Also on display were two South African photographers whose work I admire: Guy Tillims and David Goldblatt. Their solid emotional message combined with satisfying formal footing made their work stand out to me against the large collection of ‘70s conceptual work that was everywhere at this Documenta.

Other notable photography was hard to find. One of the standout works to me was a sculpture by the Brazilian artist Iole de Freitas. Her work takes over architectural space like a virus. In this case, it even spilled through the walls to start again outside, and pierced the outer walls again to move inside. It looked like art had invaded the building and taken its basic form for nourishment, growing in any direction like kudzu. Fabulous. For me, it mirrored the work of Monica Sosnowska at the Polish pavilion at the Venice Biennial. Both artists invade their space in dramatic, telling, and satisfying ways. They were two of the best things I saw in my whole trip.

19 June 2007

On To Basel

For those of you who haven’t been to Basel, take note: it’s huge. Forget about the satellites or the corollary museum shows. There is more art here than one could ever see in one place. An art market Uffizi. A super-sized Warhol, Rothko, Picasso Big Mac mega meal. With fries.

[For information on the next two Art Basel exhibitions: this year's Art Basel Miami and Art 39 Basel, go to www.artbasel.com.]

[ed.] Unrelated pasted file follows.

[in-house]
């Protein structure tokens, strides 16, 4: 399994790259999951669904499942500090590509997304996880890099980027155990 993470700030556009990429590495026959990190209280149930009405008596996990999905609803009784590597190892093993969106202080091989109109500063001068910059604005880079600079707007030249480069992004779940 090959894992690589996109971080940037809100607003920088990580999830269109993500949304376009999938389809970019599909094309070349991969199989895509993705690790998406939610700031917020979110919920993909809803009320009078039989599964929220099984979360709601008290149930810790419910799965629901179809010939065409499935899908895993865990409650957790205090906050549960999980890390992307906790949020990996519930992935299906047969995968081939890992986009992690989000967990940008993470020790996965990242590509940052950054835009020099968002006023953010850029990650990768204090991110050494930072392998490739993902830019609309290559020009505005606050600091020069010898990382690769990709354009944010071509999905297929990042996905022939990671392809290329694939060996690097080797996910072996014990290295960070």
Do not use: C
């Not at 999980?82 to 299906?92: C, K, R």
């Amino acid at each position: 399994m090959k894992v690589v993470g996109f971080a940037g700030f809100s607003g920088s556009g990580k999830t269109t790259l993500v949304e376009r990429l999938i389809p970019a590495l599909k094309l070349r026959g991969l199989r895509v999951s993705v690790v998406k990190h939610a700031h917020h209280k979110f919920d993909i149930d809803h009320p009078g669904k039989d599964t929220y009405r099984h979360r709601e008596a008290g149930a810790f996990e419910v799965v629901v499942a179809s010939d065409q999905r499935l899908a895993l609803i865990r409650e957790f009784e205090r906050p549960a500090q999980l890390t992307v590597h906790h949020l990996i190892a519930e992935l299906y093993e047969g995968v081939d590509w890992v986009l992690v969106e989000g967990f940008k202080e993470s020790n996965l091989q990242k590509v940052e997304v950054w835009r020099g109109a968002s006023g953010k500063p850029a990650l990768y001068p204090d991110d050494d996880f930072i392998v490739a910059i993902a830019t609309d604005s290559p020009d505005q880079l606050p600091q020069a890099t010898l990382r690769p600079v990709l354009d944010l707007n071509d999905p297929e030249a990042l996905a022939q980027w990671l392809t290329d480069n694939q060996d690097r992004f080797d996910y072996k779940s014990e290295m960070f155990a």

I thought I had seen big shows. I've been to Art Basel Miami, Art Forum in Berlin, FIAC in Paris and Paris Photo, but this is the mother ship. The catalog has the heft of a phone book. I thought I had chops to absorb loads of art in an art fair environment. This was too much even for me. After a day spent zig-zagging through a seemingly endless maze of galleries and installations, I was hard-pressed to remember a single thing I’d seen.

But... it’s my job to remember something, right? So here goes.

Blue chip is the name of the game here, and photography is no exception. I found some of the great photo galleries of the world strutting their stuff. Rudolf Kicken´s booth had beautiful examples of vintage Otto Steinert, Ryuji Miyamoto, and Christoph Stromholm, in addition to relative newcomer Götz Diergarten. Mr.Kicken always has a fantastic booth.

Jeffrey Fraenkel had a marvelous small installation of portraits from the collection of Richard Avedon alongside a number of smaller scale portraits by Mr. Avedon. It was sublime.

But the treat for me was a gallery that may be less well-known to Americans. Francoise and Alain Paviot have been running a first-rate gallery in Paris for twenty years. They specialize in 19th century French photography; Man Ray; Brassai; and a well-curated collection of newer artists. Their booth was a revelation. First off there was a large Dieter Appelt twelve-piece installation. Very dark and conceptual, as his work always is, but very emotional in this case, too. Also on view were five very early Edward Weston nude studies. I had never seen anything like them. There was much more. Truly a gallery to check out.